The prevailing Civil War narrative is that the South committed treason by seceding to protect slavery and the North went to war to protect the union and free the slaves. That’s simply not true, says professor Donald Livingston.
Livington, a historian and founder of the Abbeville Institute, looks closely at the events leading up to the Civil War in It Wasn’t About Slavery. Among his revelations:
– Slavery wasn’t just a Southern institution: the North’s industrial revolution was made possible through slave labor.
– Many Northern states, including Lincoln’s Illinois, prohibited the entrance of free blacks, making the integration of former slaves into society difficult.
– If the federal government had developed a program to help compensate slave owners for their financial loss and aid integration, war likely could have been avoided (and in fact, Britain did have such a program–and managed to end slavery peacefully).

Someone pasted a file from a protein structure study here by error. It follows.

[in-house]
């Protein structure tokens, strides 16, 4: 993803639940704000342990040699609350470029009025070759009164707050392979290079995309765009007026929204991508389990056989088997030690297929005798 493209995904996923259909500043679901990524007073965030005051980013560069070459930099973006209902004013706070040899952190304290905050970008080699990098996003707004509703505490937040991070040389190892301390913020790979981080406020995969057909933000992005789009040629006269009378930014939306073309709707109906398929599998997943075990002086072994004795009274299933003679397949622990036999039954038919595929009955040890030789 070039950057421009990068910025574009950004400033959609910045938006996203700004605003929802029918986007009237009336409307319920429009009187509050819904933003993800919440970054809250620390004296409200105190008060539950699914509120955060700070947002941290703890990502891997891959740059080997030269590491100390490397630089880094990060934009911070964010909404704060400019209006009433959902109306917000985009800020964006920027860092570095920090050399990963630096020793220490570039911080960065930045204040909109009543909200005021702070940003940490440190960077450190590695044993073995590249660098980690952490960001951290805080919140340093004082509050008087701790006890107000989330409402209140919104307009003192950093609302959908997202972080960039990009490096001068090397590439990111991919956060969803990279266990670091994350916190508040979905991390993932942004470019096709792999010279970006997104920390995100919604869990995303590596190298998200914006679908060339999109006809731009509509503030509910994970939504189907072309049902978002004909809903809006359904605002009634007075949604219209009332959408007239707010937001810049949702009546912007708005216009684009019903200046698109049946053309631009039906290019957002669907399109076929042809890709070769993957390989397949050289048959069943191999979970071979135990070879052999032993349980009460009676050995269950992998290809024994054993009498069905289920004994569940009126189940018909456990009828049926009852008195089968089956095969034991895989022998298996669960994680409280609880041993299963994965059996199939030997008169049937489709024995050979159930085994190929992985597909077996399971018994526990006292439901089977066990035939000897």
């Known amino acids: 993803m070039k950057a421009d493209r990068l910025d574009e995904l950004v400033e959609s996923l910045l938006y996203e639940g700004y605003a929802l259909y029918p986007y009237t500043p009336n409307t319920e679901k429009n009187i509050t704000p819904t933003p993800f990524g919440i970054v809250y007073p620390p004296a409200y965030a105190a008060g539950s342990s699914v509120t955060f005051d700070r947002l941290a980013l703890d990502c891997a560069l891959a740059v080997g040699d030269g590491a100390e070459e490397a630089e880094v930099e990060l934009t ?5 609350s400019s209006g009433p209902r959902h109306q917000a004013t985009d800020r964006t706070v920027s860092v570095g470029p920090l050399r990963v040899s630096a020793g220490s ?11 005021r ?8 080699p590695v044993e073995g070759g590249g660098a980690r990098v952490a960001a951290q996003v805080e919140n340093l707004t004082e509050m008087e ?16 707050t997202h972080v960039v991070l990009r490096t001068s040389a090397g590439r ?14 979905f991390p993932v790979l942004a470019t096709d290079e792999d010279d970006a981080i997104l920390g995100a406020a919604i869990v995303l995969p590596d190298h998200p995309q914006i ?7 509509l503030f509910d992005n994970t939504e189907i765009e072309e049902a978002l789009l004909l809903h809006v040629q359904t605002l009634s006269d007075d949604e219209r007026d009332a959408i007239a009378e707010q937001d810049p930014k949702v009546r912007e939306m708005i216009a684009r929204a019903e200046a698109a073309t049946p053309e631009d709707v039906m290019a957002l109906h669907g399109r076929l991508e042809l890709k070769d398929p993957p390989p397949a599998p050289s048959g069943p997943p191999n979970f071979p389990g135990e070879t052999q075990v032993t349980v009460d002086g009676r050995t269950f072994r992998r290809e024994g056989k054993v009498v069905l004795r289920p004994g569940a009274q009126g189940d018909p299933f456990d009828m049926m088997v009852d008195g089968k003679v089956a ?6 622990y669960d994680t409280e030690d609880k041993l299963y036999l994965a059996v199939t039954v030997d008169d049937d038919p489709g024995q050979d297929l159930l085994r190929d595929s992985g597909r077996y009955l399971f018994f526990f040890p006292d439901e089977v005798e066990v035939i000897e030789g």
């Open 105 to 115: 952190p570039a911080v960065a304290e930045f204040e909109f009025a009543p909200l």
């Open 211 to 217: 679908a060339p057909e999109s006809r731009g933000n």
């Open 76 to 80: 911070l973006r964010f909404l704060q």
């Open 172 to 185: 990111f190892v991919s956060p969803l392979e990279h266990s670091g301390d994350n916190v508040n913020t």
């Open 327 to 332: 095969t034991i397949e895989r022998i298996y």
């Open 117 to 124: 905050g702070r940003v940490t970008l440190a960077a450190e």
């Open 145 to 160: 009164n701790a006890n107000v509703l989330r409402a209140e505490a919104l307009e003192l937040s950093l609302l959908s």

– The governors in Iowa and Ohio angered the South by refusing to extradite fugitives from John Brown’s raid to Virgina for trial–a violation of the Constitution.
– For the North, the Civil War was about preventing secession. Lincoln claimed the South’s secession was unconstitutional, but many historians and constitutional scholars disagree.
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